Excuse the title, I don’t have too much trouble with the English Language, I just prefer it like that.
So what have I learn’t so far by doing production work, well several things:
Do it well, do it right, do it early. I think this speaks for itself as a lot of time is always needed when preparing for production. Also, when involved with students it can become something which is overlooked too and can lead to positions of uncertainty come production stage and can leave your crew and actors in such a mess.
Think ahead. From Pre to Post, the thought of how things are going to happen logistically needs careful attention. If you have a good crew you can make this look easy, if not make sure it needs thought.
Always have back-ups. From actors, to location, editing, technical etc, things will always go wrong, make sure they ALL have support.
Have Permission. It helps massively in everything especially locations, without permission much can be rushed and can ruin hard work, with permission sometimes the pressure can be of and can lead to a better all round production.
Share jobs and responsibilities. It makes sense that the workload is distributed evenly through the preparation stage that way jobs can be done efficiently and also points to weaknesses within your team (if you haven’t spotted them already)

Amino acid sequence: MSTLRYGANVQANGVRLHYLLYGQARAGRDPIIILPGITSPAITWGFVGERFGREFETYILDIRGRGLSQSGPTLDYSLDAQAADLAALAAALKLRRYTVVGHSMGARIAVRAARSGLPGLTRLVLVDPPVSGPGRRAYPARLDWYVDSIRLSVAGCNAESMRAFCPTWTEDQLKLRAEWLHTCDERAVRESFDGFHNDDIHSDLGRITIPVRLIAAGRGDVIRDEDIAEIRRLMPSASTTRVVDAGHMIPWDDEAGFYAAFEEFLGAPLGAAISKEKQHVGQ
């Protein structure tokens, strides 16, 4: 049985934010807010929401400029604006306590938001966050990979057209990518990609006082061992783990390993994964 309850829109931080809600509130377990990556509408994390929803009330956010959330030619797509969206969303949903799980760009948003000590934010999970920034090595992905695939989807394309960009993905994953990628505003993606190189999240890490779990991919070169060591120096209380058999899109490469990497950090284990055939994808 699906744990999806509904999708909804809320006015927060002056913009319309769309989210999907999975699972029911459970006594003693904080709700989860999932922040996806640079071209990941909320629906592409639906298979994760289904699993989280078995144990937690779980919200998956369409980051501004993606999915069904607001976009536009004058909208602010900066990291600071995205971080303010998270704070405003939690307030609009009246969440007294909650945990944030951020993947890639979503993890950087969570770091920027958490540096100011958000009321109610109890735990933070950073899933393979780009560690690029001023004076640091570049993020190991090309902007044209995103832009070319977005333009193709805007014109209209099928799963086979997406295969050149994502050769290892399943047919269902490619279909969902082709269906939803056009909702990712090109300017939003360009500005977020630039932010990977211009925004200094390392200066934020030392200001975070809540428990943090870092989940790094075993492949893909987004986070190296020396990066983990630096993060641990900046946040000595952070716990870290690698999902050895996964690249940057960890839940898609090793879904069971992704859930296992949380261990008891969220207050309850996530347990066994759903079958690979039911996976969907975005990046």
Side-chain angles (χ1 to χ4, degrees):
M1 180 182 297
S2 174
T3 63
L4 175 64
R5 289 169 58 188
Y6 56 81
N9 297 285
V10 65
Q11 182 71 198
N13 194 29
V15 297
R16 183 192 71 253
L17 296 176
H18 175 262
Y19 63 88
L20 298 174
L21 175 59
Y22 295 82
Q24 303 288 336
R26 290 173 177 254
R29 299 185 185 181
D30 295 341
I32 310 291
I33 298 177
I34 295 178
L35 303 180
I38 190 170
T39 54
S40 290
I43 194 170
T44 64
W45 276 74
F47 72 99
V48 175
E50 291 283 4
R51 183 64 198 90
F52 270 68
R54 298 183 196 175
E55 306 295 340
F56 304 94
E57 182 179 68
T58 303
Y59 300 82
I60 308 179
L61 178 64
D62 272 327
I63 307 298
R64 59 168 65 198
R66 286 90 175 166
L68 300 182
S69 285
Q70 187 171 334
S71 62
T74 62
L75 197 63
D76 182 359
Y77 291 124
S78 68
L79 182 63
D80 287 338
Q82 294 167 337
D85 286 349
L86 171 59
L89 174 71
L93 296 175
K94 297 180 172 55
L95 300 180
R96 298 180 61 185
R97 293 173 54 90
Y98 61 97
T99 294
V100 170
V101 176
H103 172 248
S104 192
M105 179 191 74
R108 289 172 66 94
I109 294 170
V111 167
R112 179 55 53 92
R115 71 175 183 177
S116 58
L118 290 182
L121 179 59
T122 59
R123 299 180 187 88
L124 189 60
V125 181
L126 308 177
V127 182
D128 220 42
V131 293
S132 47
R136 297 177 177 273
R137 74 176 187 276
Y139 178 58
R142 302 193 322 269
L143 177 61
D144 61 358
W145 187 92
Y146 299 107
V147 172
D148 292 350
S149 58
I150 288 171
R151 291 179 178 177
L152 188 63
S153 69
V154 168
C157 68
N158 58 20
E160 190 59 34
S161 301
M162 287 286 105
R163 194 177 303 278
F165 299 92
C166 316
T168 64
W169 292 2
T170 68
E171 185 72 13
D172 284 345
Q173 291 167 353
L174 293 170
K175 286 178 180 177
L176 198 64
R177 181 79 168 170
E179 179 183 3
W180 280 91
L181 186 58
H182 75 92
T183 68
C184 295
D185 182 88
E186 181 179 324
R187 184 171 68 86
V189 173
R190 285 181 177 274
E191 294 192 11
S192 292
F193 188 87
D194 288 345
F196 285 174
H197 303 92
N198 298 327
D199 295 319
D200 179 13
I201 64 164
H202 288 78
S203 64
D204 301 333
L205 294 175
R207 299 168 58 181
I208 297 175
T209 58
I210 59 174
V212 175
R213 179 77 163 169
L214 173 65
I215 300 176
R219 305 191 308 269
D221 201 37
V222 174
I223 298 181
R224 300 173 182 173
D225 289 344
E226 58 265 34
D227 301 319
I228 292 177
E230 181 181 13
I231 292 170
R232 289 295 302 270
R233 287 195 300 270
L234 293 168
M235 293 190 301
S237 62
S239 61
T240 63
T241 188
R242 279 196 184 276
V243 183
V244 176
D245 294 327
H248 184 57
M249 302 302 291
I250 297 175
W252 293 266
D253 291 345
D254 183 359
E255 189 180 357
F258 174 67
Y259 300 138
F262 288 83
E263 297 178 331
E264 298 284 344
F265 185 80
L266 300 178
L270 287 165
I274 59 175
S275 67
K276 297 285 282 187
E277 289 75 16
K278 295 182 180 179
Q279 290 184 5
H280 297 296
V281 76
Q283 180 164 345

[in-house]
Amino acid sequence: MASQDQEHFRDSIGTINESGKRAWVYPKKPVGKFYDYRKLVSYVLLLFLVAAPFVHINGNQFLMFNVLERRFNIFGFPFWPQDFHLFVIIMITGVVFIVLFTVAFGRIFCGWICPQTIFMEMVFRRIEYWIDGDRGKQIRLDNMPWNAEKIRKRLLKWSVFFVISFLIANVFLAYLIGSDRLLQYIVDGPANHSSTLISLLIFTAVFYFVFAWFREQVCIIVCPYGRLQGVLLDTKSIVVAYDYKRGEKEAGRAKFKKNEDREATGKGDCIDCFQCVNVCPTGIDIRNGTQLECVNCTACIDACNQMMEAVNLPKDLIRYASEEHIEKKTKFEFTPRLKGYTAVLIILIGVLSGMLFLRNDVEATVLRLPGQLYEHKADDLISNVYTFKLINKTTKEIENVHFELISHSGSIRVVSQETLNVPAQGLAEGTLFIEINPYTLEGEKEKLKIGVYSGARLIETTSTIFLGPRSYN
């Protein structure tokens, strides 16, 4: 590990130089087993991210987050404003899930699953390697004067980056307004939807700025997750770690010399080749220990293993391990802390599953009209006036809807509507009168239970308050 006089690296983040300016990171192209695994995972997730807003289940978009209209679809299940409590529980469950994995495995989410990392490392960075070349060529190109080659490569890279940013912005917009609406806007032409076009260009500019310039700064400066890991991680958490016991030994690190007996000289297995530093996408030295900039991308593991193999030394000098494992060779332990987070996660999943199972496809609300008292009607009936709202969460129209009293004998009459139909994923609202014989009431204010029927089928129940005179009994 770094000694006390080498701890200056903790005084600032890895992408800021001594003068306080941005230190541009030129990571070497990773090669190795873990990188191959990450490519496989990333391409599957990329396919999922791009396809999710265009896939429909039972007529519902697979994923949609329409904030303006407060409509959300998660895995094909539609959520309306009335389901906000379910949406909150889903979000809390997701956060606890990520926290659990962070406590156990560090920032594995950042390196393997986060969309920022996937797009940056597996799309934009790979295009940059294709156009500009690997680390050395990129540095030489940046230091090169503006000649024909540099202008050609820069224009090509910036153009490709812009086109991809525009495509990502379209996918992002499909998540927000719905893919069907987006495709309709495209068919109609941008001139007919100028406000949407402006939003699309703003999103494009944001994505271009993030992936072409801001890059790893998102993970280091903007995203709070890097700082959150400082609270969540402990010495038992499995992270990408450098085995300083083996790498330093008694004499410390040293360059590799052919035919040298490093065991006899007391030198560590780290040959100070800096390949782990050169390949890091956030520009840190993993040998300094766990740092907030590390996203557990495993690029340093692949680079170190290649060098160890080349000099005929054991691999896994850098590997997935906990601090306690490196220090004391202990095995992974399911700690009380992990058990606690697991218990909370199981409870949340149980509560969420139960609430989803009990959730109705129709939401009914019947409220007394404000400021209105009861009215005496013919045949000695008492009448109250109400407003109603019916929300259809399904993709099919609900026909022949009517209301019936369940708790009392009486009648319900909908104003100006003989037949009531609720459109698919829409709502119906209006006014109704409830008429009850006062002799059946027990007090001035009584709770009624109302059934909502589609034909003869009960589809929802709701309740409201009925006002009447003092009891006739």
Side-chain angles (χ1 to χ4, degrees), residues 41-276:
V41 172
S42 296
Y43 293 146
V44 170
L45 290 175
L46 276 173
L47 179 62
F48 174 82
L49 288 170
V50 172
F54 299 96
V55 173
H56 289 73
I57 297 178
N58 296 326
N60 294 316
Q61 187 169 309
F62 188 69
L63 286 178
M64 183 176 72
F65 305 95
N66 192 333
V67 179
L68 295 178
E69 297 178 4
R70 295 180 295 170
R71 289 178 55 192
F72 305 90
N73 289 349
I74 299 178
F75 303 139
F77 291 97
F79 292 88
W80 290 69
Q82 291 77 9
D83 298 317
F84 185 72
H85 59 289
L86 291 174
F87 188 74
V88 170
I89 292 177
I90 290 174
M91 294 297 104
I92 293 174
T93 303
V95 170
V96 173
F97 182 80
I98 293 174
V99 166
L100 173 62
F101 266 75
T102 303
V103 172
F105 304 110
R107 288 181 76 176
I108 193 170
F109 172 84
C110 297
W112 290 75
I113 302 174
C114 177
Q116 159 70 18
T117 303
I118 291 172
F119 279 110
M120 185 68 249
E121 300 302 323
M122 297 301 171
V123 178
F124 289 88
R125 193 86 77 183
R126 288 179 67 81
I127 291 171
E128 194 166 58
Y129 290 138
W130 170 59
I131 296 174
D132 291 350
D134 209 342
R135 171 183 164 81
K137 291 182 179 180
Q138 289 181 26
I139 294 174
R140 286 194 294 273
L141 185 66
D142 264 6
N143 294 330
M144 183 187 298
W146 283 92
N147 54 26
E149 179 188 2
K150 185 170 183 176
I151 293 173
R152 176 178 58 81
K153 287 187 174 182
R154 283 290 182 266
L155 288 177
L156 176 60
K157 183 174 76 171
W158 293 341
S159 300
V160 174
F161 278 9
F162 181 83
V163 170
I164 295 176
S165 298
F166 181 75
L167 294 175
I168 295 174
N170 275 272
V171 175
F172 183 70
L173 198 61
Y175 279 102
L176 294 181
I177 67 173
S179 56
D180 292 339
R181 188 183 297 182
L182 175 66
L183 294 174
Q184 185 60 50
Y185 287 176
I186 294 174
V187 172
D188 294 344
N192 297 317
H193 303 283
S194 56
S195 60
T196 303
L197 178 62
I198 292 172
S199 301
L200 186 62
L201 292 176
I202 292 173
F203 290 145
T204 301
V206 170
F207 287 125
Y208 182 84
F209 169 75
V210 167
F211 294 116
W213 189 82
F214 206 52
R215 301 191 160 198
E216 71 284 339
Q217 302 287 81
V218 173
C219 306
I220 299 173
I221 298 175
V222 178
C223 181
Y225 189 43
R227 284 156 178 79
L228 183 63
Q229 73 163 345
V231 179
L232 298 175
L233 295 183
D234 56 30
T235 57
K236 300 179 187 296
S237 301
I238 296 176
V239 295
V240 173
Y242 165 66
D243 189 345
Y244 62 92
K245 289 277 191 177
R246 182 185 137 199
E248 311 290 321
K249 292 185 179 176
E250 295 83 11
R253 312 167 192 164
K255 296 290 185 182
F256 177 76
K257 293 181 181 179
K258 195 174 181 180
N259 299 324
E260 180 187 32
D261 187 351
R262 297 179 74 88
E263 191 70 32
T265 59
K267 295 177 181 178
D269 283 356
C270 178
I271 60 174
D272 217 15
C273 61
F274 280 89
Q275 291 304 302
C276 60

Storyboards. A big consideration and perhaps a must for professional production. This can help technically, creatively and wholly for your production. Later on this can help big time.
Team roles. Have production roles and stick to them; it works and looks professional, it creates the right tone throughout and let’s crew members really understand and respect their role within production.
Not everyone has to be involved. Not every crew member needs to turn up to the shoot, too may cooks spoil the broth and can also save costs too!
PLAN. A true reflection of your pre production this, from places and times to actors, transport and costs, EVERYTHING needs planning well. Obviously.
Not everyone needs to edit. You really only need an Editor and director to edit a film, like production, too many people = no no.
Colourist. Defiantly hire one, sometimes it helps if they aren’t involved massively with the production stage.
Give it time. Make time for editing and be patience with it; edit for wanting to edit, not just because you have to.